USGS - science for a changing world

Open-File Report 02-99

Abstract

High resolution aeromagnetic survey data flown at 250 m above the terrain and 250 m line spacing over the Santa Cruz Valley and the surrounding Tumacacori, Patagonia, and Santa Rita Mountains has been interpreted by correlation of the magnetic anomaly field and various derivative maps with geologic maps. Measurements of in-situ magnetic properties of several of the map units determined whether or not mapped lithologies were responsible for observed anomalies. Correlation of the magnetic anomaly field with mapped geology shows that numerous map units of volcanic and intrusive rocks from Jurassic Middle Tertiary in age are reversely polarized, some of which have not been previously reported. Trends derived from the magnetic anomaly data correlate closely with structures from major tectonic events in the geologic history of the area including Triassic-Jurassic crustal accretion and magmatism, Laramide magmatism and tectonism, northeast-southwest Mid-Tertiary extension, and east-west Basin and Range extension. Application of two textural measures to the magnetic anomaly data, number of peaks and troughs per km (a measure of roughness) and Euclidean length per km (a measure of amplitude), delineated areas of consistent magnetic anomaly texture. These measures were successful at the delineation of areas of consistent magnetic lithology both on the surface and in the subsurface beneath basin fill. Several areas of basement prospective for mineral resources beneath basin fill were identified.

 

Introduction

A high resolution aeromagnetic survey was flown over the Patagonia Mountains, Santa Rita Mountains, upper Santa Cruz Valley, and Tumacacori Mountains (figure 1) in late 1996 and early 1997 under contract for the U.S. Geological Survey. The data are available to the public via the Worldwide Web (Sweeney, 2000). Phillips (2001) describes the processing of this data into a final corrected flight line dataset used for the work described here. This dataset was used to prepare maps of the aeromagnetic anomaly field and derivative maps of textural measures that were correlated with published geological maps to yield the interpretation described in this report. Measurements of in-situ magnetic properties at a number of sites in the survey area were completed to help constrain interpretations and provide model susceptibility values.

Previous studies of the aeromagnetic field in the area include the aeromagnetic map for the state of Arizona (Sauck and Sumner, 1970), Ponce (1990), and Gettings (1996). Proprietary aeromagnetic data flown by a consortium of mineral exploration companies includes the eastern 20% of the survey area. Primary sources of geologic data for this study include Drewes (1971, 1980, 1996), Simons (1974), and Gettings and Houser (1997).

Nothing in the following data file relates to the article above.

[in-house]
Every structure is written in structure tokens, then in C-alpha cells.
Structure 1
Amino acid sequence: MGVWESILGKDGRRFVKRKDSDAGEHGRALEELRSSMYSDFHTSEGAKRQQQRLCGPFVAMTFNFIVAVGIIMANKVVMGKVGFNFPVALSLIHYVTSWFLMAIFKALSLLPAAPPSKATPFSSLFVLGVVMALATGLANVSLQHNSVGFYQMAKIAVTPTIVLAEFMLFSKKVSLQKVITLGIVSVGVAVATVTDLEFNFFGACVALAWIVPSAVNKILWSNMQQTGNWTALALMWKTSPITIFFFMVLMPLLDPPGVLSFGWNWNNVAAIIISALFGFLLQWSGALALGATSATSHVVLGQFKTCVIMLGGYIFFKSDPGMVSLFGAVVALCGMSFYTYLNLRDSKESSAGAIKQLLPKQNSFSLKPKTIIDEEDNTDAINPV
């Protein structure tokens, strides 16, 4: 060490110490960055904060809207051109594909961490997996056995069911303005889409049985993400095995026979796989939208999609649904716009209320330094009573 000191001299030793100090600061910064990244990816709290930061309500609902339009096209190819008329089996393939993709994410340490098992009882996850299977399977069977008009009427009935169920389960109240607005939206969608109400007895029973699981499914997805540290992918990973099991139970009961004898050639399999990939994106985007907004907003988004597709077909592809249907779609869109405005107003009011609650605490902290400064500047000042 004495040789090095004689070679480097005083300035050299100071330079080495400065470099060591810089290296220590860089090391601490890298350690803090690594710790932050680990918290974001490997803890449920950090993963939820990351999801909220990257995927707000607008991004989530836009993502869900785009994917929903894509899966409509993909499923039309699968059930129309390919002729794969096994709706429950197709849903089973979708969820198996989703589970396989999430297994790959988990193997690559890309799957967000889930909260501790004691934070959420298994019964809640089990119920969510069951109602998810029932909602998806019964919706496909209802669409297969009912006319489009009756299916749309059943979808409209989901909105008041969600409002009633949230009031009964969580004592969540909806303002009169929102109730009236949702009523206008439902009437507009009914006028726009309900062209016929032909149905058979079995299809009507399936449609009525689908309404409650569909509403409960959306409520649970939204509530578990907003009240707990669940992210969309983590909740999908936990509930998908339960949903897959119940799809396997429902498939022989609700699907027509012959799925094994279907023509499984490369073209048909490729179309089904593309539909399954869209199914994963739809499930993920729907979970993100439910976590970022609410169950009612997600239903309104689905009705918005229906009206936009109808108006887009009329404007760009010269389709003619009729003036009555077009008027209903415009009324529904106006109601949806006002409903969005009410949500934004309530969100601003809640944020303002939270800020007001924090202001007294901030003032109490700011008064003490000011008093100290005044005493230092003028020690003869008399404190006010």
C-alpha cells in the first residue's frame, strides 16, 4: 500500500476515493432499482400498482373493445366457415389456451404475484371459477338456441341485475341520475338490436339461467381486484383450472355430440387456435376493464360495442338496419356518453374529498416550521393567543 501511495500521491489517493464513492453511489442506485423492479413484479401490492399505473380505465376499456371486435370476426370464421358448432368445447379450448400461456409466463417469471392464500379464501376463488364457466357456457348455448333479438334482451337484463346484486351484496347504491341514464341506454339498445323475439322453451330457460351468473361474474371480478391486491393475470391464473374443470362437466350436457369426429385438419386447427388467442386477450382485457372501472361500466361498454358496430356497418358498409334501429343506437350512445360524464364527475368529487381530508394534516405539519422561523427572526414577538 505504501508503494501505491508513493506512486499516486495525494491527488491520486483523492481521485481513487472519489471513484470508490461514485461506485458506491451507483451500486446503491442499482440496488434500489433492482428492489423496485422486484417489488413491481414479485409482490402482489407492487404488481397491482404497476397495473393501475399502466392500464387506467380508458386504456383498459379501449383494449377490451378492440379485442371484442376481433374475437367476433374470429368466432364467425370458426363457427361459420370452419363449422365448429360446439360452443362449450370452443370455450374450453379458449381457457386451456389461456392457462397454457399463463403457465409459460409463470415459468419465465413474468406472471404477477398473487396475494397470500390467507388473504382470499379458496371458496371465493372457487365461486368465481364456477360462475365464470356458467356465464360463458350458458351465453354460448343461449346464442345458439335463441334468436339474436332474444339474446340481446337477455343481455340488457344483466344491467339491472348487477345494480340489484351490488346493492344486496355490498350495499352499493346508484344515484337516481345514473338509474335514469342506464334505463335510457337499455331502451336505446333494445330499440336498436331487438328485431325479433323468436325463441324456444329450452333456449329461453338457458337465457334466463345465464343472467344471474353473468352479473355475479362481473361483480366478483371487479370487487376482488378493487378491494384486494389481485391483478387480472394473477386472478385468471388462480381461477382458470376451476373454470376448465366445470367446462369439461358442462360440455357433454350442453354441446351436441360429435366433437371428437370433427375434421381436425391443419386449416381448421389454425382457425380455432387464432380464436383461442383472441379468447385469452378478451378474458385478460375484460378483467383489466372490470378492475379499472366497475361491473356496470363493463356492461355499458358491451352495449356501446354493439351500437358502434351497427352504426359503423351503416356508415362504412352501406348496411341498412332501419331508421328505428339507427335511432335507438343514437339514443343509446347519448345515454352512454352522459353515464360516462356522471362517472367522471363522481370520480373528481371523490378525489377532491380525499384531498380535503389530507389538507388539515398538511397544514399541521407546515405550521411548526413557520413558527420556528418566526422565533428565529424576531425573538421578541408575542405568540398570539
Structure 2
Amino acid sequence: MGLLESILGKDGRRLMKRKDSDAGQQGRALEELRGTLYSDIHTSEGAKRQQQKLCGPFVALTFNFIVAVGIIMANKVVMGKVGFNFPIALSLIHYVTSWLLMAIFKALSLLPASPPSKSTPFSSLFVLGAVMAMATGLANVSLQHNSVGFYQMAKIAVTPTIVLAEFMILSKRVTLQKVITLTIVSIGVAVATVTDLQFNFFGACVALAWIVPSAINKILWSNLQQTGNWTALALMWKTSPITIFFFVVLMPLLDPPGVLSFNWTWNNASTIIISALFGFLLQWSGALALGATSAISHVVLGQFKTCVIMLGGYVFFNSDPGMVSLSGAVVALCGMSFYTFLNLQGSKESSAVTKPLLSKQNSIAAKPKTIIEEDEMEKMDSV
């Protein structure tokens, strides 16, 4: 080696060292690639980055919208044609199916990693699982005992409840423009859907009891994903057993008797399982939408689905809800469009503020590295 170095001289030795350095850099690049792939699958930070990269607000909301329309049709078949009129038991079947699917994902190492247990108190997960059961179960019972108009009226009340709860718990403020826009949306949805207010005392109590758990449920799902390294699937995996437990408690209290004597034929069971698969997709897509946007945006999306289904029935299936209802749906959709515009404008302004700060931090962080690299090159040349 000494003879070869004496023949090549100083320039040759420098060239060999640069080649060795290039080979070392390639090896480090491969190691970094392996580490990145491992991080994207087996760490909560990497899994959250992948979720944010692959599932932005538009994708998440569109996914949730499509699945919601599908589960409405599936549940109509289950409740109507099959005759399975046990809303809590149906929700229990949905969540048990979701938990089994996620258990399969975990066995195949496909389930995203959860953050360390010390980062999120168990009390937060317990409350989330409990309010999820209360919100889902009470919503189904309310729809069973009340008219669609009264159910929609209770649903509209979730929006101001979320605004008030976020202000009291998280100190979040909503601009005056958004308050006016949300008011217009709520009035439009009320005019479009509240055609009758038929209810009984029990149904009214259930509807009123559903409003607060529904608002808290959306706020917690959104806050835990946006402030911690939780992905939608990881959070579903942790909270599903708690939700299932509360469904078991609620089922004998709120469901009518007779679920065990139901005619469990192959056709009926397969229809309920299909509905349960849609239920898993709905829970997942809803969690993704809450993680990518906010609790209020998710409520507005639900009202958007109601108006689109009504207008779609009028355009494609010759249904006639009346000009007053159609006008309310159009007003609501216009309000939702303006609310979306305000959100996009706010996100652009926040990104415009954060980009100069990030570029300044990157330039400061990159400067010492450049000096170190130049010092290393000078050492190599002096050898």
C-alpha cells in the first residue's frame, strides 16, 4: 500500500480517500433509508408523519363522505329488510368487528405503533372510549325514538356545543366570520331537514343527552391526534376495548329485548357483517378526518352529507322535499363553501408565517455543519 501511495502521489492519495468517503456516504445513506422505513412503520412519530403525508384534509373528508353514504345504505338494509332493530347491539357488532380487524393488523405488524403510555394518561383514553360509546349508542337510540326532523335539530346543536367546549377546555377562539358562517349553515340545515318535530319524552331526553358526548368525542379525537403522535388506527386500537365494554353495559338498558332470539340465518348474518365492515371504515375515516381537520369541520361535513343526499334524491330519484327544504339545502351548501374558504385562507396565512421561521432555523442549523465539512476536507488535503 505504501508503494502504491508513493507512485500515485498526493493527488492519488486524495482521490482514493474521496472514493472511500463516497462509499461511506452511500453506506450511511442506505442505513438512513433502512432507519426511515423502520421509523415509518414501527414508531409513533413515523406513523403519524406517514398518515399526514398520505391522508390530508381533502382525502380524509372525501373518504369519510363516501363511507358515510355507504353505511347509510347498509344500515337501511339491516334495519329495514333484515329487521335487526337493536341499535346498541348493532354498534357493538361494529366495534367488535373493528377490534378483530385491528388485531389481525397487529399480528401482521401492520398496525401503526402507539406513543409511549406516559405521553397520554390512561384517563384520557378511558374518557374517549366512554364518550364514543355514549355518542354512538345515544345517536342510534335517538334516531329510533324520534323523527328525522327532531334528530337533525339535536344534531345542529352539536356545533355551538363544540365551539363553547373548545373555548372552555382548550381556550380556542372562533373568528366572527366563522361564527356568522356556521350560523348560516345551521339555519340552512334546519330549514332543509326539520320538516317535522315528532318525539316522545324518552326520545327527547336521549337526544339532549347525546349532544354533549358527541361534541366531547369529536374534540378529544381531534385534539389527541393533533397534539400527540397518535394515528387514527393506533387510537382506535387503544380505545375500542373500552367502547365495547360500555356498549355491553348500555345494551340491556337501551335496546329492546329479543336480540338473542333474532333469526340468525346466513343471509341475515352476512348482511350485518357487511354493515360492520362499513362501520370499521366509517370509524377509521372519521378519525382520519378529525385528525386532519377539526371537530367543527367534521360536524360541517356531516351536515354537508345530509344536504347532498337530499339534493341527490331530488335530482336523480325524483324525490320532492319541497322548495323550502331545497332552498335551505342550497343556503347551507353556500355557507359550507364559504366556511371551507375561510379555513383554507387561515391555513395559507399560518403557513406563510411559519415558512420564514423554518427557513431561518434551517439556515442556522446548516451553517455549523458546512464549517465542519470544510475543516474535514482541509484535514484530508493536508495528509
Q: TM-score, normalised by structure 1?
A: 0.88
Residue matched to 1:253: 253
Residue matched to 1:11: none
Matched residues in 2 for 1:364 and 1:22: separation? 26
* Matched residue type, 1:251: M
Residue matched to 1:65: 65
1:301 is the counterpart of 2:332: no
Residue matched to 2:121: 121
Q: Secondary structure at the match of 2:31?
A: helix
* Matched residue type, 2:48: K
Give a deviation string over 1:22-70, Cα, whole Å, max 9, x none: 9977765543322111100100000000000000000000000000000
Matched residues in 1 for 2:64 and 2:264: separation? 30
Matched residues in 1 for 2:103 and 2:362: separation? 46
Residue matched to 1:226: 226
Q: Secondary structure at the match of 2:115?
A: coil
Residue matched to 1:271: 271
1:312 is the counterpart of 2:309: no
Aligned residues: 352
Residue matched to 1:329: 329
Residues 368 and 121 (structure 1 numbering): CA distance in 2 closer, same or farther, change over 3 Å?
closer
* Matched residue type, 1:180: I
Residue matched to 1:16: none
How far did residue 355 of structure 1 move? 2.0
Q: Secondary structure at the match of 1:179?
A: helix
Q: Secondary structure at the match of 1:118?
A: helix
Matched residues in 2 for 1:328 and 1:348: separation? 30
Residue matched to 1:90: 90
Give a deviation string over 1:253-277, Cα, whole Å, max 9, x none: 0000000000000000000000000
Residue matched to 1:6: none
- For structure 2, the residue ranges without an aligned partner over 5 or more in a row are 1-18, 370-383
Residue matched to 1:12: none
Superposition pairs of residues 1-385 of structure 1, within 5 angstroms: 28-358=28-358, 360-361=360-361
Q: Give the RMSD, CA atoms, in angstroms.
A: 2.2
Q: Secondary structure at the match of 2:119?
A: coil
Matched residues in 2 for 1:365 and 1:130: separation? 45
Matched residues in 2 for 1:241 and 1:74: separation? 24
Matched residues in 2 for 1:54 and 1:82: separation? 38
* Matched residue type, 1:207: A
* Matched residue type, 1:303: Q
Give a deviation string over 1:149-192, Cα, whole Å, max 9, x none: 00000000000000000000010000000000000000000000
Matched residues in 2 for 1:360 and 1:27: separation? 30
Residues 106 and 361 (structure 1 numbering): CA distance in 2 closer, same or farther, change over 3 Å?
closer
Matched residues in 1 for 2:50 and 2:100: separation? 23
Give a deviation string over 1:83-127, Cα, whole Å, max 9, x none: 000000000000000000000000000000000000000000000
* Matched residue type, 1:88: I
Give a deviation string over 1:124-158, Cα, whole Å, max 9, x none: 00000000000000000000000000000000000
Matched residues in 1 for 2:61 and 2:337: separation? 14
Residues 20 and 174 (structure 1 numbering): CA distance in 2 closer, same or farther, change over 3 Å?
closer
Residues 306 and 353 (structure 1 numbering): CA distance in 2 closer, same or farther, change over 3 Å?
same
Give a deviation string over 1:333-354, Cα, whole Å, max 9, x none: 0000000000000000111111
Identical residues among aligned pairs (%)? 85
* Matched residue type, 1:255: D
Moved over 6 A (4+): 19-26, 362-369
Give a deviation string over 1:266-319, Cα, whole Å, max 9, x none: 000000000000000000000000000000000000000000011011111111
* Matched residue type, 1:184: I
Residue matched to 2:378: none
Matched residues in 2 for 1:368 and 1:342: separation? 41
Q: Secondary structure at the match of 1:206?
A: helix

This report introduces several new techniques for characterizing the texture of magnetic field data in ways that can be used for correlation with lithology and geologic structure. In order to focus on the techniques, the author has chosen to organize the report by subject rather than by geographic area or geologic features. Thus, some areas will be discussed several times at different places in the report as the results of the application of the various techniques are discussed. For each technique, a catalog style keyed to the map plates was used and in general, the order of discussion is the order of the numbered areas or anomalies on the map plates. This organization allows the reader to ascertain from which technique a particular interpretive feature was derived and to judge the relative effectiveness of techniques. Not all anomalies or magnetic field features have been interpreted or discussed; the dataset contains a great richness of detail that is beyond the scope of this study to interpret in its entirety. It is the author’s hope that the most important features have been discussed.

After the presentation of the field measurements of magnetic property data, a comparison of the aeromagnetic anomaly data with the geologic map data is given. This is followed by a trend or lineament analysis of the aeromagnetic anomaly data. Next comes a discussion of the techniques of quantifying two textural measures of the aeromagnetic data and an analysis of the textural measures applied to the aeromagnetic dataset of this study. The report concludes with some generalizations and suggestions for further work.

index map showing location of study area
Figure 1. Index map showing location of study area (in pink).

 

| Table of Contents | Next Section |

 

Accessibility FOIA Privacy Policies and Notices

USA.gov logo U.S. Department of the Interior | U.S. Geological Survey
URL: https://pubs.usgs.gov/of/2002/0099/absintro.html
Page Contact Information: Contact USGS
Page Last Modified: Wednesday, December 07, 2016, 07:25:54 PM